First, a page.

Radiotherapy and the potential exploitation of bystander effects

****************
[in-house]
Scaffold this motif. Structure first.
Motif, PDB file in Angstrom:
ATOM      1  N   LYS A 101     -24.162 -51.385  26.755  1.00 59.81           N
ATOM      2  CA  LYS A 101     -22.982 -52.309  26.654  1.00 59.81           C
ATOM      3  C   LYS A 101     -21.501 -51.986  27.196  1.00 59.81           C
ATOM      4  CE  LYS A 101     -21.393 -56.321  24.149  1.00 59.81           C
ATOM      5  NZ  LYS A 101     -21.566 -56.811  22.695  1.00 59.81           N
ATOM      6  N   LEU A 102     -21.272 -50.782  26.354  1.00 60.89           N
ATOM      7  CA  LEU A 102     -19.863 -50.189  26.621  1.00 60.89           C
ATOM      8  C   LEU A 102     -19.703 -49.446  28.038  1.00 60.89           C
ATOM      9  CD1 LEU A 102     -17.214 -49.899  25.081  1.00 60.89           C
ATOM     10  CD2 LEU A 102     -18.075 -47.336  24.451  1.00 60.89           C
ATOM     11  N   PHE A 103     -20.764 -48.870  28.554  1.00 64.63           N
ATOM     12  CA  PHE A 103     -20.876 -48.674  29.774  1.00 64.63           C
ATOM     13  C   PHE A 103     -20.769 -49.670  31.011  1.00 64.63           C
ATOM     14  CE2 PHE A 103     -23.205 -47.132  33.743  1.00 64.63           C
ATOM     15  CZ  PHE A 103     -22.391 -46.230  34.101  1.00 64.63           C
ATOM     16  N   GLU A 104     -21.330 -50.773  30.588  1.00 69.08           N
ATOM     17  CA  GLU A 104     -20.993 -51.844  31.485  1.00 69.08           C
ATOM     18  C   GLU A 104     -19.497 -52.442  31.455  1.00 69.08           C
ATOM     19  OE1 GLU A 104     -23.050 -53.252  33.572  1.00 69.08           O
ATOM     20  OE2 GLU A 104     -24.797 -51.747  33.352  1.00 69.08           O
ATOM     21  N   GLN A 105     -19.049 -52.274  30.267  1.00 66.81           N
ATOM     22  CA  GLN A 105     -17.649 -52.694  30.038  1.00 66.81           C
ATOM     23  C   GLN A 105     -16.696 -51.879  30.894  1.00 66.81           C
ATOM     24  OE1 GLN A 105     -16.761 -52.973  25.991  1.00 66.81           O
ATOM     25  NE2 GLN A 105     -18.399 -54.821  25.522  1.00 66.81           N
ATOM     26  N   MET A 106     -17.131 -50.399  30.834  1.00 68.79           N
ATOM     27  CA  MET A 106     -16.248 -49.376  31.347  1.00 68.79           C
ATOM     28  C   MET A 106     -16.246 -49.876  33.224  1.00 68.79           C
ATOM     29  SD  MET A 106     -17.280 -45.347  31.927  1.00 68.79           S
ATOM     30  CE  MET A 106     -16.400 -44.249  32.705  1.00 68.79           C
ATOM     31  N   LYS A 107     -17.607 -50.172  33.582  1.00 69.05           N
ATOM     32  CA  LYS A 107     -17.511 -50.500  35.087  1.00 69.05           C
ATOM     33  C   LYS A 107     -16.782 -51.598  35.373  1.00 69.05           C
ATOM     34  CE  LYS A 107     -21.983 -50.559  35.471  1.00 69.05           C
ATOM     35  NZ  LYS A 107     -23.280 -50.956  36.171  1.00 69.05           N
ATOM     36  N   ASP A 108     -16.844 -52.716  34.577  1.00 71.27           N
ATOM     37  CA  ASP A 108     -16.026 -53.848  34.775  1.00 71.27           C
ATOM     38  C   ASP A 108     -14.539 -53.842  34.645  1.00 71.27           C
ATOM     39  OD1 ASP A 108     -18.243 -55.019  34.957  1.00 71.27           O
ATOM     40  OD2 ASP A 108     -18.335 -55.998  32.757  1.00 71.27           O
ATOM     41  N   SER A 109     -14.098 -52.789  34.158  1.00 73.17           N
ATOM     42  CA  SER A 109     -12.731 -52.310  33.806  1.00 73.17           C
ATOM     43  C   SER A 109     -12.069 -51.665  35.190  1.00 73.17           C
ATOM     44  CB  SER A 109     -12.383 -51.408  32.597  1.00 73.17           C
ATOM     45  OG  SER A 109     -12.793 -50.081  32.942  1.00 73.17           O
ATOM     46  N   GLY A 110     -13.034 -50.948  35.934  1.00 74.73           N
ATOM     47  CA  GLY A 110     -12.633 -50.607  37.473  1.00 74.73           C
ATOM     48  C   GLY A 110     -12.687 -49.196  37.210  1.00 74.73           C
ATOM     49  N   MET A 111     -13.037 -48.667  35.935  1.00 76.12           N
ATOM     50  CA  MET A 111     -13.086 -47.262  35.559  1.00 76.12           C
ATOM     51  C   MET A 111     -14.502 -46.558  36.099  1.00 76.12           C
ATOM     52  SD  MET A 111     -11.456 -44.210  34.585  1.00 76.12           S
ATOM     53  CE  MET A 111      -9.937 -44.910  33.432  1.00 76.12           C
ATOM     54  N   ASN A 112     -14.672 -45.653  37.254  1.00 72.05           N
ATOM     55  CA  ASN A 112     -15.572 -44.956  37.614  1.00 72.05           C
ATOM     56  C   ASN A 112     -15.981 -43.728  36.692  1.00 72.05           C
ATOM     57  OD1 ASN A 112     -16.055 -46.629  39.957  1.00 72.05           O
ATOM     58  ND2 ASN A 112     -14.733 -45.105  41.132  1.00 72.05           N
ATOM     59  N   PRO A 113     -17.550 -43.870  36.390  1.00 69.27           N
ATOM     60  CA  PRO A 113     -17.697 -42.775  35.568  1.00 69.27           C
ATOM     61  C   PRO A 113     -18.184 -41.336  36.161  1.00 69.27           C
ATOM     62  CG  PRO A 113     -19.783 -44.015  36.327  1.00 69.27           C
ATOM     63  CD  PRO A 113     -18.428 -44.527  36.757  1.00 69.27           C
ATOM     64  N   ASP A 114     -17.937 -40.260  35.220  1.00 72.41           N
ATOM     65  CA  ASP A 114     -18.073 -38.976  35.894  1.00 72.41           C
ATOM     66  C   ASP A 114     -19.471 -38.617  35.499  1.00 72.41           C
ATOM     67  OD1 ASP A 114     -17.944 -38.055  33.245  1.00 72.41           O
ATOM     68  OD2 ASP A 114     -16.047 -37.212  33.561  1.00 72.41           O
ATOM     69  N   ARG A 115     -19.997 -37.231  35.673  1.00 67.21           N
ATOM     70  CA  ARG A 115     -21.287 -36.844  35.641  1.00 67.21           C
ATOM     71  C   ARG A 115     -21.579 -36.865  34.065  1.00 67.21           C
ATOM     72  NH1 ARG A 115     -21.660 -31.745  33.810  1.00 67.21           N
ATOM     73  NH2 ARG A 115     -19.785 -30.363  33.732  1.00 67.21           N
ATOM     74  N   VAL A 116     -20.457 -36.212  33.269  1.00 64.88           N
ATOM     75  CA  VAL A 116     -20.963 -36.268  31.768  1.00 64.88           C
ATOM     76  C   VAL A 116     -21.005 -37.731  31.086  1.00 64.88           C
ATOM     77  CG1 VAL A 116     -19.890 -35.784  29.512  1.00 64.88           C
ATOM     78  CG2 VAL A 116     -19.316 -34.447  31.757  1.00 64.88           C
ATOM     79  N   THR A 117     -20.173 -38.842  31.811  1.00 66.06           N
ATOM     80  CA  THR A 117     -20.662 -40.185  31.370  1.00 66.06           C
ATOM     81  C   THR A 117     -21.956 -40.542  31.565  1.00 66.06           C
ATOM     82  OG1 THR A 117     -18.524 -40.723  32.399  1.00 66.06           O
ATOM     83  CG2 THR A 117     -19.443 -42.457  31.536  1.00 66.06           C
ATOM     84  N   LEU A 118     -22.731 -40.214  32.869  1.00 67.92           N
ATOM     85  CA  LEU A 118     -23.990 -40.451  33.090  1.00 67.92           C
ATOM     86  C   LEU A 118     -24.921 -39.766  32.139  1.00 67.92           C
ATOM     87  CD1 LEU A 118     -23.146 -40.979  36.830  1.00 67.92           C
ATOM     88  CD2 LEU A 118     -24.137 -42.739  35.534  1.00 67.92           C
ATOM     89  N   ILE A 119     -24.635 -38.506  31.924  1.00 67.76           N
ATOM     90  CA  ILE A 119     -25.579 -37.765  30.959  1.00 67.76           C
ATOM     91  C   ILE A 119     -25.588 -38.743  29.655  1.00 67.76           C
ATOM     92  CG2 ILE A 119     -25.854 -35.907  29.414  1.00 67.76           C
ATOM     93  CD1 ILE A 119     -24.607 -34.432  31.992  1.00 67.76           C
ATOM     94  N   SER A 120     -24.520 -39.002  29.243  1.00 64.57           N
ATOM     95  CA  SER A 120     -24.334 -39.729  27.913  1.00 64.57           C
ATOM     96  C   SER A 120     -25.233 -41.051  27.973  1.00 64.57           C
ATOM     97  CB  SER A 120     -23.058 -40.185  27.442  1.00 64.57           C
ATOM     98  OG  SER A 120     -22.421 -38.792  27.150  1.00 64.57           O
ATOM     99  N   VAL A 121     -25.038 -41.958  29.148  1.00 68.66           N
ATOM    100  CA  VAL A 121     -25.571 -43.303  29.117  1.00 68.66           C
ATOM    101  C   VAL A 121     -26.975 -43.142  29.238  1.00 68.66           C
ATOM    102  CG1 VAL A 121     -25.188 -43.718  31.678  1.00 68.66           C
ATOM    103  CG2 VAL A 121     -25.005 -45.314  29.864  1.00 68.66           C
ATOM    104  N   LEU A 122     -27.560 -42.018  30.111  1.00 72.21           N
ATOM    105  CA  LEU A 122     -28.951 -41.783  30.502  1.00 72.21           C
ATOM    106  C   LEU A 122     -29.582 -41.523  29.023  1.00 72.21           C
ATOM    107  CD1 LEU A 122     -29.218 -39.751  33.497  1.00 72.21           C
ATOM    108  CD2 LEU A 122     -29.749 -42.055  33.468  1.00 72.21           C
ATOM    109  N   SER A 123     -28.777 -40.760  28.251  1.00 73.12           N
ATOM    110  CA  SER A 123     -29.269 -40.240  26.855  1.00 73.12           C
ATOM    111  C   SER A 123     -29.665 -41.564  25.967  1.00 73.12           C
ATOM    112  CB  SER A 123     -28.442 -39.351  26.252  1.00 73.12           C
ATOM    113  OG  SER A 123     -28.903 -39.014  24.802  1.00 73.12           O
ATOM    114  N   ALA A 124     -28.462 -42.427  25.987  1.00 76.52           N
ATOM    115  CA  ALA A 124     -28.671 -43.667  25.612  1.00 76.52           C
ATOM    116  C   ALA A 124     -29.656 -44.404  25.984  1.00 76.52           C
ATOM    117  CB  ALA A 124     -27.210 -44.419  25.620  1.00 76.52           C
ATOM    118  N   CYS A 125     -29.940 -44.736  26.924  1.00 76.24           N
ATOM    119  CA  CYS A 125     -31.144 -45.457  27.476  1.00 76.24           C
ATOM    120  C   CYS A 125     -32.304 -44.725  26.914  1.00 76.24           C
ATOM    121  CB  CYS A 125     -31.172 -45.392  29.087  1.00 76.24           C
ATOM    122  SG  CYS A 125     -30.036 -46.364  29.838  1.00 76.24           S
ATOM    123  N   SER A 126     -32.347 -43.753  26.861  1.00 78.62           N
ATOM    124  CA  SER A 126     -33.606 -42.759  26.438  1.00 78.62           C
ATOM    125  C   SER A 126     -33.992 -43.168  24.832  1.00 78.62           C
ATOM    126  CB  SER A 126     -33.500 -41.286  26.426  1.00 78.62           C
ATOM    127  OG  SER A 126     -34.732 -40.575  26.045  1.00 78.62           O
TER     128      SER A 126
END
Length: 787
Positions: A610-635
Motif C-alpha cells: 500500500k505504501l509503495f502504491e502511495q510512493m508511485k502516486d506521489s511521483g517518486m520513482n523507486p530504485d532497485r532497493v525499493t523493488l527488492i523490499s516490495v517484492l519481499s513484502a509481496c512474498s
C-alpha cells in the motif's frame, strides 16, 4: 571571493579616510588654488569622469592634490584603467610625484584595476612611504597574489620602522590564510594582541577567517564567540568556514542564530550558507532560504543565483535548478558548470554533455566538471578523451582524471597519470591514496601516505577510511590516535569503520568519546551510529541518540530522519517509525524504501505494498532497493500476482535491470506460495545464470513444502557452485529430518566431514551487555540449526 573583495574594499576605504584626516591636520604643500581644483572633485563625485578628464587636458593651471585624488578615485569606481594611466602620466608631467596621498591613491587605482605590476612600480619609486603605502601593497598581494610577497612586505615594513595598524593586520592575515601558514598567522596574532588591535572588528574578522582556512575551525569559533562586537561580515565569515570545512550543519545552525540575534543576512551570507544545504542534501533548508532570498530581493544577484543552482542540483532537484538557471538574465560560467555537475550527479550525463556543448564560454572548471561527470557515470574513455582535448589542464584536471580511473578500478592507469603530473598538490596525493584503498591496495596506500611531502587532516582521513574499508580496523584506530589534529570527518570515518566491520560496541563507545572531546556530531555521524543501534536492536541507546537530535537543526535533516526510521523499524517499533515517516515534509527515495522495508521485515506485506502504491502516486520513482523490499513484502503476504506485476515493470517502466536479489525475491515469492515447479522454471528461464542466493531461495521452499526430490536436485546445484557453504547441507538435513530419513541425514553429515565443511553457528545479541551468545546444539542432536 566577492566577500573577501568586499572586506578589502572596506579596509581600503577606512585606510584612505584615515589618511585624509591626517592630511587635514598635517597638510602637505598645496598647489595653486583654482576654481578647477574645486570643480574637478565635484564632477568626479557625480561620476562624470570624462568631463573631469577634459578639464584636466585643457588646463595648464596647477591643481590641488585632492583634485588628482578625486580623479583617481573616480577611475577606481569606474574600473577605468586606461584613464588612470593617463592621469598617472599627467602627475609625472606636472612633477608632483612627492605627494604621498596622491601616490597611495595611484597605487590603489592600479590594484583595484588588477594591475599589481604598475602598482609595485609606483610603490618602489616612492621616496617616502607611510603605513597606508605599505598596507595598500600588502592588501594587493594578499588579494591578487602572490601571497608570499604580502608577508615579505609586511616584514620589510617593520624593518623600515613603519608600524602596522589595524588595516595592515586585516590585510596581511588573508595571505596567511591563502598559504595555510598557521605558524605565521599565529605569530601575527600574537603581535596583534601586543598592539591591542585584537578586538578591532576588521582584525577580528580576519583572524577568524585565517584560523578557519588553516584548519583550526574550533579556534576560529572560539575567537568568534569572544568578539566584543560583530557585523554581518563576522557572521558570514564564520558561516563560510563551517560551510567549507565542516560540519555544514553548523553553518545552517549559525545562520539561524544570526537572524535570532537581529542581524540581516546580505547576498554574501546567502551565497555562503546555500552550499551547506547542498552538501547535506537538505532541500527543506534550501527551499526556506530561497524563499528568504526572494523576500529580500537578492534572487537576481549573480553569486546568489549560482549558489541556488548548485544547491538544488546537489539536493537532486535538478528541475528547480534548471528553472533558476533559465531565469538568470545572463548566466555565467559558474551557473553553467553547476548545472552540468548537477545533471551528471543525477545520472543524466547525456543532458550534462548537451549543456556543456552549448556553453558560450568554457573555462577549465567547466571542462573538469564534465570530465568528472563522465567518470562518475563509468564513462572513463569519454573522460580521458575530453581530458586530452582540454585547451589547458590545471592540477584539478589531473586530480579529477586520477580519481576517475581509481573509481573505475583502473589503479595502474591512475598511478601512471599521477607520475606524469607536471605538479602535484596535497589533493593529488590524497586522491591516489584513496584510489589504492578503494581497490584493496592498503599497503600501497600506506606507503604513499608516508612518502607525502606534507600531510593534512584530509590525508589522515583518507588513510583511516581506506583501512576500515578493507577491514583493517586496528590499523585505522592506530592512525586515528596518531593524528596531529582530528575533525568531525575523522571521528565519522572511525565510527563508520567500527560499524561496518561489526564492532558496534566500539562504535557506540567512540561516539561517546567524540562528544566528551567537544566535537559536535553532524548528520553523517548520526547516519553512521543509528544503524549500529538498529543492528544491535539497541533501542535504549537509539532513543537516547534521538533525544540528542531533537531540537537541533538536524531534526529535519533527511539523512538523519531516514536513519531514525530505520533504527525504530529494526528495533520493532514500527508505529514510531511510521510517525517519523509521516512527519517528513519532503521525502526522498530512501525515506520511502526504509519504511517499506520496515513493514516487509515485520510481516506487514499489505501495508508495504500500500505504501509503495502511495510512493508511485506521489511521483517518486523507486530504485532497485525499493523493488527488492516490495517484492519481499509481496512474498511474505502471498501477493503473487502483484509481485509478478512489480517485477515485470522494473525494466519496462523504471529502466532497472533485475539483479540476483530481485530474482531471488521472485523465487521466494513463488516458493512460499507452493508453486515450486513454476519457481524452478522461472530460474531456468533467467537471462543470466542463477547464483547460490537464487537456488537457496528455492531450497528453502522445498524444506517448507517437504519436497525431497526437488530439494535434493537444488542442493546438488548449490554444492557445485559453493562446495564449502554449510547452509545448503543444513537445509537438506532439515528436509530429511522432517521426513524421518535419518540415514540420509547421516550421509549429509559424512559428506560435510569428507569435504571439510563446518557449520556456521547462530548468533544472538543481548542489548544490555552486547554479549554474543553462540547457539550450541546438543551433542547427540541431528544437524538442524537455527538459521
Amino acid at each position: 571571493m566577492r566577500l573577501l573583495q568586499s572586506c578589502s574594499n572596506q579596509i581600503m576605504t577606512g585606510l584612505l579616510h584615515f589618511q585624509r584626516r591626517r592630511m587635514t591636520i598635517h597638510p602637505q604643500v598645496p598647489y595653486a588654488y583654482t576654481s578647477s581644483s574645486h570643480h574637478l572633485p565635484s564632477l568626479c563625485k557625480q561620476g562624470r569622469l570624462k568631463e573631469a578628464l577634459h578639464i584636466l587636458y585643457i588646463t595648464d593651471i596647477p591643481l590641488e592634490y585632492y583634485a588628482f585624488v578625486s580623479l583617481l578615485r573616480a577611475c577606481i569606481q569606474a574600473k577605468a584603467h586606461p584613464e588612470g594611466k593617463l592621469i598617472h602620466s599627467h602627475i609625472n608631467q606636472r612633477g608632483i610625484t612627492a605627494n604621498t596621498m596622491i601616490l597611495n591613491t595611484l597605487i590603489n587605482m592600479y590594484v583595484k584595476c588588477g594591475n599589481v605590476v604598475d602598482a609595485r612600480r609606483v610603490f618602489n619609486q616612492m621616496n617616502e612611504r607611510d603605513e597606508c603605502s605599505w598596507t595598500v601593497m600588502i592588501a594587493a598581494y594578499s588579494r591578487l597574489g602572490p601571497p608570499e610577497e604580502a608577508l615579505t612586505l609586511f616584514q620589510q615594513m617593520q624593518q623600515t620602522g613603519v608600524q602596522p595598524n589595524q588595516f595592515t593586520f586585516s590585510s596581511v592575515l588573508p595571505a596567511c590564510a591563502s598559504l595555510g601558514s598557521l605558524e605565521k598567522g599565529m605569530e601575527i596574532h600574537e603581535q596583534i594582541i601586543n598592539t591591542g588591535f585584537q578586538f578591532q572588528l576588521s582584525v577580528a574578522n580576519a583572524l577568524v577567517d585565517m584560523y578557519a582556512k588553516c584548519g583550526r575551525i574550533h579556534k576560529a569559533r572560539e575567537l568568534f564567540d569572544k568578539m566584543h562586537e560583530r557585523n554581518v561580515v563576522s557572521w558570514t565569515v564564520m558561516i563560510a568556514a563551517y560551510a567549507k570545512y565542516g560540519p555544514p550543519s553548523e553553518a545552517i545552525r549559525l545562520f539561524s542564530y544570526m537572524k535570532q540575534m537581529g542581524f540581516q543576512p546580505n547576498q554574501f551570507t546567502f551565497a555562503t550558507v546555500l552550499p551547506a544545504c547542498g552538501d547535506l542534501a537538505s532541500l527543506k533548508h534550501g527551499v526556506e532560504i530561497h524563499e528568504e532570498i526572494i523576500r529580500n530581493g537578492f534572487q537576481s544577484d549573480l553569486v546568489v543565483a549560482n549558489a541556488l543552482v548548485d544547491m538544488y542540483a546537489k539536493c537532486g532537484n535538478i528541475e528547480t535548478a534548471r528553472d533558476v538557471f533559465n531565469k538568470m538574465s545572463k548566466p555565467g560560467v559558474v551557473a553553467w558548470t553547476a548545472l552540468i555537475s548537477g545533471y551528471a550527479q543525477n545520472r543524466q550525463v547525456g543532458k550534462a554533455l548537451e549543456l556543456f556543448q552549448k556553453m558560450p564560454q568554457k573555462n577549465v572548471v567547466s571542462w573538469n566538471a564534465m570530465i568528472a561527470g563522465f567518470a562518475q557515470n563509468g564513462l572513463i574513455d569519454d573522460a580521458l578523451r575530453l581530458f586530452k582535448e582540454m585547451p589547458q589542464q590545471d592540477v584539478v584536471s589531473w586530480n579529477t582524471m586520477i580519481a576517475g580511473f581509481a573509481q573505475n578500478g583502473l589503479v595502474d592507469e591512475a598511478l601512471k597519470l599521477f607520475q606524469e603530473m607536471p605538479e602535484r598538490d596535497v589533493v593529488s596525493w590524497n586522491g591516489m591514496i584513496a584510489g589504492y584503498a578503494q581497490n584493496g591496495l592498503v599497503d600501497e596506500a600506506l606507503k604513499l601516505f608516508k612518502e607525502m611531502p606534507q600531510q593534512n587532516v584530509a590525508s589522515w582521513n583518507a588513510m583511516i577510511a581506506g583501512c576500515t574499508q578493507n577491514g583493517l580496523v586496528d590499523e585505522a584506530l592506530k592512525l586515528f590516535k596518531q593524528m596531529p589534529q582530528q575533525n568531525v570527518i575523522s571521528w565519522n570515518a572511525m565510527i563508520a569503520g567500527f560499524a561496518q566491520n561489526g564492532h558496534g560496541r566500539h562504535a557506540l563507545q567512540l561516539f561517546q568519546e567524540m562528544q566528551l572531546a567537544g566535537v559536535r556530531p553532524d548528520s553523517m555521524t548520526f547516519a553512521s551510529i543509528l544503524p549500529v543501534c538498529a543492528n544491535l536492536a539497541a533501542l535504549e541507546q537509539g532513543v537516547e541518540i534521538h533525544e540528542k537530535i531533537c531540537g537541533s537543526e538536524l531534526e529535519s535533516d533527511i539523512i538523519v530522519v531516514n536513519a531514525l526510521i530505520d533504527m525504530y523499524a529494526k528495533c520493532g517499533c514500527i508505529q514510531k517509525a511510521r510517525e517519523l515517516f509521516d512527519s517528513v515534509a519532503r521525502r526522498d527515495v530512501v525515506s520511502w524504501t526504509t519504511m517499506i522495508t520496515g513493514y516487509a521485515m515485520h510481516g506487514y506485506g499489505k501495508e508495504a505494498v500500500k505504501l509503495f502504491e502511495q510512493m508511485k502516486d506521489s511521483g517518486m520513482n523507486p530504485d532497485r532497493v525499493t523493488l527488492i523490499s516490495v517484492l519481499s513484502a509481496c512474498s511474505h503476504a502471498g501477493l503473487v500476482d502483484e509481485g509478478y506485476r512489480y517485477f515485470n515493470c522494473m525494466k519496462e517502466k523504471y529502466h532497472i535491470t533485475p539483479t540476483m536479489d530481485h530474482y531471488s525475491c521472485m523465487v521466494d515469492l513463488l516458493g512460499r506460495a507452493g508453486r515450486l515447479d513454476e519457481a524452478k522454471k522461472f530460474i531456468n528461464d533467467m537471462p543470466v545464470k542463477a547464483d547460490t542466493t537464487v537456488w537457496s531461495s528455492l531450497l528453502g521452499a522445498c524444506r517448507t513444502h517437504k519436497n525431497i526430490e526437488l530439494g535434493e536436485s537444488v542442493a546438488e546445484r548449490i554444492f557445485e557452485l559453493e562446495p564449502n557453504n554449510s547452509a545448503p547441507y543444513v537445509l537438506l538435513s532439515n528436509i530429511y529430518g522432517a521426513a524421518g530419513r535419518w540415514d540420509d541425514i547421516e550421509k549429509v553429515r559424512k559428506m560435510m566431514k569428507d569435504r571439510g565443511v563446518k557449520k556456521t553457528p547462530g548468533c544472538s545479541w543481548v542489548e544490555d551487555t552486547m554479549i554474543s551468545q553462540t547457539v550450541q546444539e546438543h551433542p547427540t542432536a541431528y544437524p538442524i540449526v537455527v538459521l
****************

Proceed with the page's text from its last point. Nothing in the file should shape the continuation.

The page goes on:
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Radiation-induced bystander effects are the subject of intense investigation in radiation protection. The effects predominate at low doses and have been discussed mainly in terms of the impact on low-dose risk assessment. Possible therapeutic implications have been alluded to, but not discussed in any detail. The purpose of this review was to consider bystander biology in areas of major importance or interest in radiotherapy. These include consideration of radiation-induced bystander effects during the cell cycle, under hypoxic conditions, when fractionated therapy modalities are used, or when combined radiochemotherapy is given. Also discussed are individual variations in toxicity of bystander factors and normal tissue "collateral" damage. The importance of considering the tumor in the context of the organ, and even the organism that supports it, is also discussed. Direct clinical radiotherapy studies that consider bystander effects are not in the public domain at the time of writing, but many in vitro studies are available that are relevant; some preliminary animal data have also been published. Because radiation-induced bystander effects appear to challenge many of the central assumptions that underlie radiotherapy practice, it is important to consider what unexplored treatment avenues might result from a consideration of these effects. The final part of this paper is devoted to this point.
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